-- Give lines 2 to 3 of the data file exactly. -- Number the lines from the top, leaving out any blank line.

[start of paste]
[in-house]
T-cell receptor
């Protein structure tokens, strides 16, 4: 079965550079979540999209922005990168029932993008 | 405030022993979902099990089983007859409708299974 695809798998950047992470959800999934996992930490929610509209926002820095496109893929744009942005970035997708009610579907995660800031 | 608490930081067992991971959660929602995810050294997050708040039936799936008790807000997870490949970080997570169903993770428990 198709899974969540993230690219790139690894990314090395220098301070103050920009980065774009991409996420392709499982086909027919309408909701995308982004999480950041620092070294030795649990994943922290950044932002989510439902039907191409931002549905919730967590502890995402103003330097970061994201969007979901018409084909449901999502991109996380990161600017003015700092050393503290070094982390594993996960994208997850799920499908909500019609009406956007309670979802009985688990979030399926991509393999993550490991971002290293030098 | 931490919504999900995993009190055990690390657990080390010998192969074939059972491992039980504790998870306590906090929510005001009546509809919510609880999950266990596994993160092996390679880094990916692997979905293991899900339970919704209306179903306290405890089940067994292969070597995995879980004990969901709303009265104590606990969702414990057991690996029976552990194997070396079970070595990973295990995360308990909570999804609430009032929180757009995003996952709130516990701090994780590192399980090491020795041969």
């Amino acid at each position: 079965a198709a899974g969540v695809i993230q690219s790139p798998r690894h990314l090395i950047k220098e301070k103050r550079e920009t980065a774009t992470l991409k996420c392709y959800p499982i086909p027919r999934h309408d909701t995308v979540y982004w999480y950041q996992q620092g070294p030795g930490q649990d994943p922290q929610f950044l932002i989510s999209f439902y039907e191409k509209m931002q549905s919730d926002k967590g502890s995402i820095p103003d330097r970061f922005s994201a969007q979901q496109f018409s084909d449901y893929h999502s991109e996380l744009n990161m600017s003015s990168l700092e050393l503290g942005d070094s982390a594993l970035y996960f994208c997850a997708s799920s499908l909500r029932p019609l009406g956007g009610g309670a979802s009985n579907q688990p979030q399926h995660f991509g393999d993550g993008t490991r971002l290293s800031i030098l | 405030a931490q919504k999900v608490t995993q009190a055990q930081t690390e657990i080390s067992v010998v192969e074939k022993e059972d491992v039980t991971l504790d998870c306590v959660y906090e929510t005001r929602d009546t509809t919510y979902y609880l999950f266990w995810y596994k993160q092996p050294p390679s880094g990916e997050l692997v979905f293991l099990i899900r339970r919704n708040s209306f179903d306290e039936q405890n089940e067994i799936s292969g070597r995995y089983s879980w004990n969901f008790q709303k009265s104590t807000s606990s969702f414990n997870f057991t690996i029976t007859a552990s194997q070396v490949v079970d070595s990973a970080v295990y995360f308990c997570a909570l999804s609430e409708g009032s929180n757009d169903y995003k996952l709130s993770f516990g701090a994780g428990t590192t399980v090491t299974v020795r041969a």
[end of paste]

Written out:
T-cell receptor
């Protein structure tokens, strides 16, 4: 079965550079979540999209922005990168029932993008 | 405030022993979902099990089983007859409708299974 695809798998950047992470959800999934996992930490929610509209926002820095496109893929744009942005970035997708009610579907995660800031 | 608490930081067992991971959660929602995810050294997050708040039936799936008790807000997870490949970080997570169903993770428990 198709899974969540993230690219790139690894990314090395220098301070103050920009980065774009991409996420392709499982086909027919309408909701995308982004999480950041620092070294030795649990994943922290950044932002989510439902039907191409931002549905919730967590502890995402103003330097970061994201969007979901018409084909449901999502991109996380990161600017003015700092050393503290070094982390594993996960994208997850799920499908909500019609009406956007309670979802009985688990979030399926991509393999993550490991971002290293030098 | 931490919504999900995993009190055990690390657990080390010998192969074939059972491992039980504790998870306590906090929510005001009546509809919510609880999950266990596994993160092996390679880094990916692997979905293991899900339970919704209306179903306290405890089940067994292969070597995995879980004990969901709303009265104590606990969702414990057991690996029976552990194997070396079970070595990973295990995360308990909570999804609430009032929180757009995003996952709130516990701090994780590192399980090491020795041969």